More Open Than Usual

Dear Reader:

The courage and true spirit of humanity is never greater than in the worse, deplorable conditions.

I just finished reading several articles on ‘The Blitz’ period of World War II. Germany decided to bring England ‘to her knees” by conducting a continuous bombardment of its capital, London. From September 7, 1940 to May 11, 1941 London was bombed day and night. During the worse stretch bombs rained down for 56 out of 57 days.

Hitler’s reasoning: If Germany could drive 8 million Londoners ‘mad’ with the constant bombing, England would surrender.

Many British children were sent to the countryside to live with relatives or even strangers during this trying and terrifying period of history. But neither London nor England surrendered.

These were the times,”Winston Churchill wrote in his war memoirs,  “when the English, and particularly the Londoners, who had the place of honor, were seen at their best. Grim and dirty, dogged and serviceable, with the confidence of an unconquered people in their bones, they adapted themselves to this strange new life of the Blitz, with all its terrors, with all its jolts and jars.” 

After a few months life did adapt as seen by these two post-war pictures of life in London during the Blitz.

I loved one true story (I read)  from survivors of this period and that was…stores, opening after each bombing daily (if not hit) began putting up these signs on their places of business:


Don’t you just love this kind of John Wayne “True Grit” attitude towards life?

It started me thinking that this would be a great daily mantra to start each day with….“I will be more open than usual…”

When we stay open to the possibilities that await us around all the curves and bends in life…don’t we live life more fully than we we shy away from the curves and try to only follow the straight and narrow.

Life isn’t straight and it certainly isn’t narrow. Life is to be lived at full speed ahead, the throttle wide open…taking in all the curves, detours, and back roads of new possibilities.

So until tomorrow…The day we stop limiting our possibilities, worrying about tomorrow…will be the first day of a new life. In order for this to happen…we must open our hearts to change.

“Today is my favorite day”  Winnie the Pooh

We aren’t having a “blitz” thank goodness… except in the simile of rain pouring down, not bombs. Over and over again the skies open up with torrential downpours. (Right after I took this picture the bottom fell out again.) The poor little birds are having a tough time finding food during these flooding days…everything you put out gets drenched and soggy.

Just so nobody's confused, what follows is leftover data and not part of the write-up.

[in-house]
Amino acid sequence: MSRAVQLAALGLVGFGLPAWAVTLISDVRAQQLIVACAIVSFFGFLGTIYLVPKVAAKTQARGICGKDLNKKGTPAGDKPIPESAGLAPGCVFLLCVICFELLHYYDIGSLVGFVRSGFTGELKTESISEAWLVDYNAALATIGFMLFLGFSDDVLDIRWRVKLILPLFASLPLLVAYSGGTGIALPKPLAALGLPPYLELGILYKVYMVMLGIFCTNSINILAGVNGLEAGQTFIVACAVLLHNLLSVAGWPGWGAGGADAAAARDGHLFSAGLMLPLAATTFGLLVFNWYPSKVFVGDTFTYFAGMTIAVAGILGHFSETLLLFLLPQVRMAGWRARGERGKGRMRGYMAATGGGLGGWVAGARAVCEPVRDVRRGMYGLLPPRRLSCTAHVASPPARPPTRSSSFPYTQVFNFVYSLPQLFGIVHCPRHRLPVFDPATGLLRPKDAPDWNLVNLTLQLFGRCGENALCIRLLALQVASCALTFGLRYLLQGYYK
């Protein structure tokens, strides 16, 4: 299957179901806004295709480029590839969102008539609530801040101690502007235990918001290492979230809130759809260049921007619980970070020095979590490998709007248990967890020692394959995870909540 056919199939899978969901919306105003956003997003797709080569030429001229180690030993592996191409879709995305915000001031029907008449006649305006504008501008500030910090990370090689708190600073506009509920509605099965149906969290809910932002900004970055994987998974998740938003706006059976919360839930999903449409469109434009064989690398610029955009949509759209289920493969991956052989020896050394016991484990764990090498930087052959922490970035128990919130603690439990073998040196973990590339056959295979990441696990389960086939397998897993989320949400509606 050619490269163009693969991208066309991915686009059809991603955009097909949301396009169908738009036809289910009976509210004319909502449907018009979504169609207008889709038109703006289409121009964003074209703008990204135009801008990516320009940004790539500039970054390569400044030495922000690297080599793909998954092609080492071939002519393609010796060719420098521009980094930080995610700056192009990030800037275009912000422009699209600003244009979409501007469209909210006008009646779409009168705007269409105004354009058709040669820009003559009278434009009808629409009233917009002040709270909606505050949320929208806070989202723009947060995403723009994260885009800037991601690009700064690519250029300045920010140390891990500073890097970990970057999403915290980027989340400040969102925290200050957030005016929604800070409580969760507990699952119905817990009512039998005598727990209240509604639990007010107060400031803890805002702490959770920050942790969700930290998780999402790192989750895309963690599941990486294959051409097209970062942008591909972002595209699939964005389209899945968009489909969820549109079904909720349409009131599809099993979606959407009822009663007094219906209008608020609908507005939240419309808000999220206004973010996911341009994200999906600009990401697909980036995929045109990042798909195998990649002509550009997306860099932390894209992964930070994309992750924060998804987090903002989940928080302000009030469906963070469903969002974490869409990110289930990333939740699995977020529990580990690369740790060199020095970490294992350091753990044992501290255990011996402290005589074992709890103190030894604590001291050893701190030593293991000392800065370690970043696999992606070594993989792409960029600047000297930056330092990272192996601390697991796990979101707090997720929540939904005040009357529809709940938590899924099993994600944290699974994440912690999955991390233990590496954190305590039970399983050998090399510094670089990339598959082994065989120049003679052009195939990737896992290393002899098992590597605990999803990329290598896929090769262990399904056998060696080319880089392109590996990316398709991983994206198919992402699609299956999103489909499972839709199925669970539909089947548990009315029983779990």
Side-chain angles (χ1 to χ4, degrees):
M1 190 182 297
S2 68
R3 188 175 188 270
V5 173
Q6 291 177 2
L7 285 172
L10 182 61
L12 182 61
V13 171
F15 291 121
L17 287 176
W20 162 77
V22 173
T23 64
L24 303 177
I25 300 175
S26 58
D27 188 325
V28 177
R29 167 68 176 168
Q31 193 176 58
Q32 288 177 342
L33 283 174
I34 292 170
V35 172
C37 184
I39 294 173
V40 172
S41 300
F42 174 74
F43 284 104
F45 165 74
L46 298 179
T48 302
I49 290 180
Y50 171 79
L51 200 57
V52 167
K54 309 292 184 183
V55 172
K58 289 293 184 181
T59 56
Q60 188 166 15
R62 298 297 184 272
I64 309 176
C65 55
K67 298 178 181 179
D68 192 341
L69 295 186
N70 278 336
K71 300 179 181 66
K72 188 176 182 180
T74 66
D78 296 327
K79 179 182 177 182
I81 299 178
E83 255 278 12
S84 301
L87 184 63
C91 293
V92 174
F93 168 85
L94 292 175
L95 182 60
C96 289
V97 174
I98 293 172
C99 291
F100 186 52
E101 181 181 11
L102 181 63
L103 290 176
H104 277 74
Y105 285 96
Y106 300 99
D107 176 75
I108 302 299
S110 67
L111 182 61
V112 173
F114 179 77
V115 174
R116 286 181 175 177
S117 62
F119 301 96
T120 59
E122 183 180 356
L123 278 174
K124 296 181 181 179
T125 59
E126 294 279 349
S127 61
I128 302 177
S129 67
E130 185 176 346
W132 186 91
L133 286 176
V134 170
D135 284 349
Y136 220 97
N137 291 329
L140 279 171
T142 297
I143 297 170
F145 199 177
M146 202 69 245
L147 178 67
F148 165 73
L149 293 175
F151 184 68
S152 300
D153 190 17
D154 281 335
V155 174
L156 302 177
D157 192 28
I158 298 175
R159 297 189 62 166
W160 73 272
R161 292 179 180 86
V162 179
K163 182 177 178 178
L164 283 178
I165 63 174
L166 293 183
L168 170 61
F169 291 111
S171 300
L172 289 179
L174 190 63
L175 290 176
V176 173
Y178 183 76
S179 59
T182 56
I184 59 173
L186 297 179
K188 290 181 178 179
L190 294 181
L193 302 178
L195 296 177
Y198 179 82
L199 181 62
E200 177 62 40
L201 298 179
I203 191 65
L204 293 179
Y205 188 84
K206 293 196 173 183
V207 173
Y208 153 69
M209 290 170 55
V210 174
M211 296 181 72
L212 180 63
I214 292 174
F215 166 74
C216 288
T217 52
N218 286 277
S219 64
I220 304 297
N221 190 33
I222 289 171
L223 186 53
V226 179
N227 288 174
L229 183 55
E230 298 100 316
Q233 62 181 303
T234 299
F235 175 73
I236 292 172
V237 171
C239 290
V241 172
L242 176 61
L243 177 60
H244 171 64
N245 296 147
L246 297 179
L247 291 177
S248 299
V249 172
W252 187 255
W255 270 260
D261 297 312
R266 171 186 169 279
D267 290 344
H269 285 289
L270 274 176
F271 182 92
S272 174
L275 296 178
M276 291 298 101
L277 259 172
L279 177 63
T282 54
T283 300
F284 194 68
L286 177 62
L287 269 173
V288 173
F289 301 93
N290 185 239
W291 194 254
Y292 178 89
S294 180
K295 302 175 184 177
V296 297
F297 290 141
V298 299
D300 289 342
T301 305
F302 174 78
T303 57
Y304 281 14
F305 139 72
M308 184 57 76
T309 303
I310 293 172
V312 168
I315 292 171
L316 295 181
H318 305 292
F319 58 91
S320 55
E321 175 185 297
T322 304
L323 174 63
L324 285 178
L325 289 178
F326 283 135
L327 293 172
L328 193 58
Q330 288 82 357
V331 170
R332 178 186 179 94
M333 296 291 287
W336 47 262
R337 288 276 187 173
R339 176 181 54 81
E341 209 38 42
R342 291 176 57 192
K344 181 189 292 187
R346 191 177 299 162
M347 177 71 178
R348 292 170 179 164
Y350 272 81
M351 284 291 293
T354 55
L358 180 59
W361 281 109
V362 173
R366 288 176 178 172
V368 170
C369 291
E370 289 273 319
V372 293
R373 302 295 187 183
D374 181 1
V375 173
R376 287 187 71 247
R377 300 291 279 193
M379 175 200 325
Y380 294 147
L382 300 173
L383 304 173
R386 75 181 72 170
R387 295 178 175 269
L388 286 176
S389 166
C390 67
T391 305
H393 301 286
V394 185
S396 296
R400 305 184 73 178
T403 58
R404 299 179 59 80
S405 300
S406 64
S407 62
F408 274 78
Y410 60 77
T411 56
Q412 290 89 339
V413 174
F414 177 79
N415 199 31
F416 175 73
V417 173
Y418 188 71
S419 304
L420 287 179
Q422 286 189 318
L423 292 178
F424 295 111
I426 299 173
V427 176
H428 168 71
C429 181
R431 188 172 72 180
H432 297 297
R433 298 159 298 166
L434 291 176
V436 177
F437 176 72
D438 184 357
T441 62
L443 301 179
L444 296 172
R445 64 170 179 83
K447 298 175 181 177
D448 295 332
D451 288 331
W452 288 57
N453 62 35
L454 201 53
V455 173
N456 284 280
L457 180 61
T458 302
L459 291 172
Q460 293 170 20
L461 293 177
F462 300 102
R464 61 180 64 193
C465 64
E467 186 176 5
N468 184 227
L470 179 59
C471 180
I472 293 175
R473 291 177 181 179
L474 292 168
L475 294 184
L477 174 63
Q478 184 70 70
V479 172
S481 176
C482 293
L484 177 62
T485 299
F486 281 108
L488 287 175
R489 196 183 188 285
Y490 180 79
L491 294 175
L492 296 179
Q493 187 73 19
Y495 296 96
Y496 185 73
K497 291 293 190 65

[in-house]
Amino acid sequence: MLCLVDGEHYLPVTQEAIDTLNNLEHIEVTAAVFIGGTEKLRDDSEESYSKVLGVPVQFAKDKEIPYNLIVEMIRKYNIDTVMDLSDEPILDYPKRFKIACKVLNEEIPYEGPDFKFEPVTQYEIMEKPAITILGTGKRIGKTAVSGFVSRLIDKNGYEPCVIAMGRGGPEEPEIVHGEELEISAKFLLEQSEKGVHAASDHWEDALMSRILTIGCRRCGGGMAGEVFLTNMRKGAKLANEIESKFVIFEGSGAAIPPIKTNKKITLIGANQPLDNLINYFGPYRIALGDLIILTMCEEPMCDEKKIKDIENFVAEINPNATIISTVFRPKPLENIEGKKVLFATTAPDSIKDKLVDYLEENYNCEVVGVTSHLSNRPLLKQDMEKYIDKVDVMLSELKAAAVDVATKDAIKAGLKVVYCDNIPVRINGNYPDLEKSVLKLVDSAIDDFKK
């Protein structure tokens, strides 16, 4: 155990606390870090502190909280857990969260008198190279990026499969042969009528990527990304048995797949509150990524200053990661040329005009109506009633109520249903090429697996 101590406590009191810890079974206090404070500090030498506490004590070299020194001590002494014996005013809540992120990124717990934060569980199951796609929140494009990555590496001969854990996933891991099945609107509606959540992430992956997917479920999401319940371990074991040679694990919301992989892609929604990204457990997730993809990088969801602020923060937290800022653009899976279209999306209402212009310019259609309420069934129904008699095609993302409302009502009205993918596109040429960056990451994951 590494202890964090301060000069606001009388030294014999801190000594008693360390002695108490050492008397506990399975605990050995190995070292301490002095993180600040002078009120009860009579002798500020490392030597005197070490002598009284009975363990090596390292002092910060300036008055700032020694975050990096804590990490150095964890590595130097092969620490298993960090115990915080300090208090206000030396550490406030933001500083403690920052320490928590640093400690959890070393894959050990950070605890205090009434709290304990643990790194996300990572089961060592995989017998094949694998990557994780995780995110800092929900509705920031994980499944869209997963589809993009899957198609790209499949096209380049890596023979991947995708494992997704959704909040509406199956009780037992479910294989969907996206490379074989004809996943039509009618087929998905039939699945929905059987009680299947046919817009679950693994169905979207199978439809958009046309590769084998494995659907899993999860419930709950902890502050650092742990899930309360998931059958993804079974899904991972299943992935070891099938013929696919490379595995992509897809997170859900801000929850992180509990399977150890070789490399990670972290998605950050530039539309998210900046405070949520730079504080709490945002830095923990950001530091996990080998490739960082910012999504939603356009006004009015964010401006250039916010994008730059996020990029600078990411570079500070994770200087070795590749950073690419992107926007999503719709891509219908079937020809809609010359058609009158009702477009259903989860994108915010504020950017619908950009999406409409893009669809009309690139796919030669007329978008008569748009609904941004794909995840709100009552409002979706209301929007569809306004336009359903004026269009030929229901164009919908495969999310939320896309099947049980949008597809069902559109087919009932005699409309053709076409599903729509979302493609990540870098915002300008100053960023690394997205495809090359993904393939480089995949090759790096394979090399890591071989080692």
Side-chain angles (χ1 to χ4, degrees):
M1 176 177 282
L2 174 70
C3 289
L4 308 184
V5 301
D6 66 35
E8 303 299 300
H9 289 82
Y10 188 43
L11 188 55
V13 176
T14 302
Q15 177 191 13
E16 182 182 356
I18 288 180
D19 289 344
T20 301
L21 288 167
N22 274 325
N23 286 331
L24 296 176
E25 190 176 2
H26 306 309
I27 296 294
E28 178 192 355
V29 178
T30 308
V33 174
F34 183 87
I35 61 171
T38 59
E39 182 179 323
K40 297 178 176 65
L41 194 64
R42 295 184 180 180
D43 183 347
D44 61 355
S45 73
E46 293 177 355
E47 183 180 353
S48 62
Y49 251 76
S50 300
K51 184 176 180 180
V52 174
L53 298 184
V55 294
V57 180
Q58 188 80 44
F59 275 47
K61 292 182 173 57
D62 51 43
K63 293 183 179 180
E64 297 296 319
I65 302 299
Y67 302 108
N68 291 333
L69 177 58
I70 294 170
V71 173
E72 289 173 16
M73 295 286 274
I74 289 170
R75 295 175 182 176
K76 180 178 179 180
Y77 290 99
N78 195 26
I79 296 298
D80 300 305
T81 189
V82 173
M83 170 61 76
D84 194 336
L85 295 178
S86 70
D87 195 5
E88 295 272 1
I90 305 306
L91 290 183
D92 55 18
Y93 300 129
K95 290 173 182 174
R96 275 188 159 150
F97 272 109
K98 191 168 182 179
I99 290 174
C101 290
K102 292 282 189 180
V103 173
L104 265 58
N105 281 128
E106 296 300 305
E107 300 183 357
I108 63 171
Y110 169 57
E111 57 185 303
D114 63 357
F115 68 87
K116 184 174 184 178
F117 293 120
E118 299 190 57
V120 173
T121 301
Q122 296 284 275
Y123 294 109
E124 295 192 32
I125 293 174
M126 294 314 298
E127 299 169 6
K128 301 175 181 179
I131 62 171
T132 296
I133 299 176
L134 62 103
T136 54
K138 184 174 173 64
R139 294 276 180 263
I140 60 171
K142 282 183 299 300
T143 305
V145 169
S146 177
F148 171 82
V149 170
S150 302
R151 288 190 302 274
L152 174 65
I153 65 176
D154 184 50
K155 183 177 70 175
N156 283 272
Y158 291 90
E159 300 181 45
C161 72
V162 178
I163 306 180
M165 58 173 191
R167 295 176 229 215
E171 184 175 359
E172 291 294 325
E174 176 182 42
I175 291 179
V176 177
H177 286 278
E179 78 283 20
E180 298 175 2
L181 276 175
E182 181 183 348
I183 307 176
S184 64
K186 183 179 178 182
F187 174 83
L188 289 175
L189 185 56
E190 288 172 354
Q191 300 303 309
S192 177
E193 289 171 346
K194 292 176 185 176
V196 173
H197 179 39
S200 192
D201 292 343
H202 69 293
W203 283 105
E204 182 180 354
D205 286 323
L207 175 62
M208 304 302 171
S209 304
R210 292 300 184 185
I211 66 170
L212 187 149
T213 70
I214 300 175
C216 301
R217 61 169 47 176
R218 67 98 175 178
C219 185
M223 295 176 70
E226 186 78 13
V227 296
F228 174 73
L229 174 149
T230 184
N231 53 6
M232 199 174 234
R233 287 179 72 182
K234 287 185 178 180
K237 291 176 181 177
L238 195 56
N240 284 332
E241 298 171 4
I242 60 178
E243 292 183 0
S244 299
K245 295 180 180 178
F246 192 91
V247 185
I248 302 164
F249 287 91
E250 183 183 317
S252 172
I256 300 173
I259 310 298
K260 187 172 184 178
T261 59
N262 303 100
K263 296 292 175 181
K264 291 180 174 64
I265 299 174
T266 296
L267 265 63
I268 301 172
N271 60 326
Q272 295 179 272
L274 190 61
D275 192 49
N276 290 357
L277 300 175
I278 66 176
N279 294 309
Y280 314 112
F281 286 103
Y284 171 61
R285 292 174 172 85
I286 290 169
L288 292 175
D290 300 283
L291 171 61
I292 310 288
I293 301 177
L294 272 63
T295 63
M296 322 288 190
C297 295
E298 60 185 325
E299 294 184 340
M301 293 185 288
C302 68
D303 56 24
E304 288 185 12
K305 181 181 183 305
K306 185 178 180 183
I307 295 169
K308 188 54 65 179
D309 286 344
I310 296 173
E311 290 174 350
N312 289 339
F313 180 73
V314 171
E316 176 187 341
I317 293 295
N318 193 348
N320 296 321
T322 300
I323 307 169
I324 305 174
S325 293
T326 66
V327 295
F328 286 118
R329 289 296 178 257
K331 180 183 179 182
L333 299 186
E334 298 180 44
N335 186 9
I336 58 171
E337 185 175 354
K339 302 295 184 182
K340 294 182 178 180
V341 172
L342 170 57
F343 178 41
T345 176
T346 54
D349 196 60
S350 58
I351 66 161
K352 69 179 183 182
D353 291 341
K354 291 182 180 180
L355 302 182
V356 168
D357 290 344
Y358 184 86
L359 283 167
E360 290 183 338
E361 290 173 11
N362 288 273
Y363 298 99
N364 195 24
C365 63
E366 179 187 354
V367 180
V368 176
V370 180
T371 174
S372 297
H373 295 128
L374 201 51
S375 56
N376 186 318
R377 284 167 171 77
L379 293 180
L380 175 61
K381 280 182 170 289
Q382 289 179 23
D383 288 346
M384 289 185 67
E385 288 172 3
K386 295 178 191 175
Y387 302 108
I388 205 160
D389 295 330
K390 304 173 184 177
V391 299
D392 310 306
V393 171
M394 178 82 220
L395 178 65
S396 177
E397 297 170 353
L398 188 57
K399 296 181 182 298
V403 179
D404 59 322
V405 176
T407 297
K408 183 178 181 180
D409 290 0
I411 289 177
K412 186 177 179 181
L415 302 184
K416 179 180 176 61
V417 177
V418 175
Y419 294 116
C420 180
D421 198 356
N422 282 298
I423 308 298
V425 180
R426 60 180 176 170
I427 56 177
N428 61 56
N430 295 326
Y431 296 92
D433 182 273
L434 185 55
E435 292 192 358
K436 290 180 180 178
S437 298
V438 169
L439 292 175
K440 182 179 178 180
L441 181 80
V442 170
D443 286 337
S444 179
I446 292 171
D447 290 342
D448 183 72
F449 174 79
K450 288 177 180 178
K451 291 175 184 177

This is the first time, I can ever remember, thinking that I  need some knee high rubber (rain) boots. The garden has deep, deep puddles, as well as, the front, back, and side yards…so much so that it is hard to even walk outside without ruining one’s shoes…drenched in water.

The grass can’t get cut for the continuous rains…it is going to take a few days to dry all this out…and to date it just doesn’t look too promising to get that many days back to back…with the exception of today, Sunday. For the first time the predictions are only for a 20% chance…lowest in a long time.

Hopefully I will be able to show you a sun shine picture from today… tomorrow…everyone is ready for it! 🙂

*But wait! The sun came out yesterday (Saturday) for about 15 minutes in my neighborhood around lunch time and I did get these two fabulous pictures. Mr. Lincoln is loving the rain, as well as, my morning glories.



About Becky Dingle

I was born a Tarheel but ended up a Sandlapper. My grandparents were cotton farmers in Laurens, South Carolina and it was in my grandmother’s house that my love of storytelling began beside an old Franklin stove. When I graduated from Laurens High School, I attended Erskine College (Due West of what?) and would later get my Masters Degree in Education/Social Studies from Charleston Southern. I am presently an adjunct professor/clinical supervisor at CSU and have also taught at the College of Charleston. For 28 years I taught Social Studies through storytelling. My philosophy matched Rudyard Kipling’s quote: “If history were taught in the form of stories, it would never be forgotten.” Today I still spread this message through workshops and presentations throughout the state. The secret of success in teaching social studies is always in the story. I want to keep learning and being surprised by life…it is the greatest teacher. Like Kermit said, “When you’re green you grow, when you’re ripe you rot.”
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6 Responses to More Open Than Usual

  1. very moving post. The library picture . . that one especially. Thank you-and we can’t mow here either-what a mess.

    Liked by 1 person

  2. bcparkison says:

    Oh the rain in Spain is mainly on the planes. No!…it is on the East coast and my son in North Georgia says enough,enough. He does roofing and can’t. I do hope all of your garden makes it through the slosh. ps. we still could use some.


    • Becky Dingle says:

      That is so true…I feel sure this continuous monsoon season is hurting a lot of recreational businesses as well as construction and roofings. I hope your son will be able to climb back up on the roof soon!

      Liked by 1 person

  3. Lovely pictures of being steadfast and unmovable. It would be good if the rain could travel to California and put out fires there.


    • Becky Dingle says:

      Wouldn’t it know? I can only imagine having one person in heaven each in charge of rain, water, and food distribution….or as Louie Armstrong would sing…”It’s a Beautiful World.”


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